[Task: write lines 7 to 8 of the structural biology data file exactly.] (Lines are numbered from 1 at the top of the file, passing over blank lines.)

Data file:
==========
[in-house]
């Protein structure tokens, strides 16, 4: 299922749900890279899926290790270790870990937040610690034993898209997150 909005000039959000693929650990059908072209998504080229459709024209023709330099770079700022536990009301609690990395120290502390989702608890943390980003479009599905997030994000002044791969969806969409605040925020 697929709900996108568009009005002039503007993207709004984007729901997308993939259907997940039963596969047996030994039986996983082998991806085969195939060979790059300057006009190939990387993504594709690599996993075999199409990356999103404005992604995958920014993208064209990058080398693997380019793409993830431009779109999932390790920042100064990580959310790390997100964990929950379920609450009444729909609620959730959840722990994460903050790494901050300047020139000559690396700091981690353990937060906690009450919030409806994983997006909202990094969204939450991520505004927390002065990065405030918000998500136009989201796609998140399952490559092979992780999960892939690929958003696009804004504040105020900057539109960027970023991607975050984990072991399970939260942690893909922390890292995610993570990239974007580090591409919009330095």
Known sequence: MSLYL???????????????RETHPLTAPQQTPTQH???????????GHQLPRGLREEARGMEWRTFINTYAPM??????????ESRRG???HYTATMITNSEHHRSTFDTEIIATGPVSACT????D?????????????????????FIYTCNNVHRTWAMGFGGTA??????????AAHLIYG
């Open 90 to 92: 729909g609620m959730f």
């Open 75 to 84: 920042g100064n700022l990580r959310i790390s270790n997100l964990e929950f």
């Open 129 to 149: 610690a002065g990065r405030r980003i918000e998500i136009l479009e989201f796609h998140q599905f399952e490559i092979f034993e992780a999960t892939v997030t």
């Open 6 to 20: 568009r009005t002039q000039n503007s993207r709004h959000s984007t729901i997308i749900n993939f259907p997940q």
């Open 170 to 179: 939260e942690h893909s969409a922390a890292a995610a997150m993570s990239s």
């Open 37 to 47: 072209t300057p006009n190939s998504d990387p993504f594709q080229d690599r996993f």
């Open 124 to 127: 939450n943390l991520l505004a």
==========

């Open 6 to 20: 568009r009005t002039q000039n503007s993207r709004h959000s984007t729901i997308i749900n993939f259907p997940q």
């Open 170 to 179: 939260e942690h893909s969409a922390a890292a995610a997150m993570s990239s």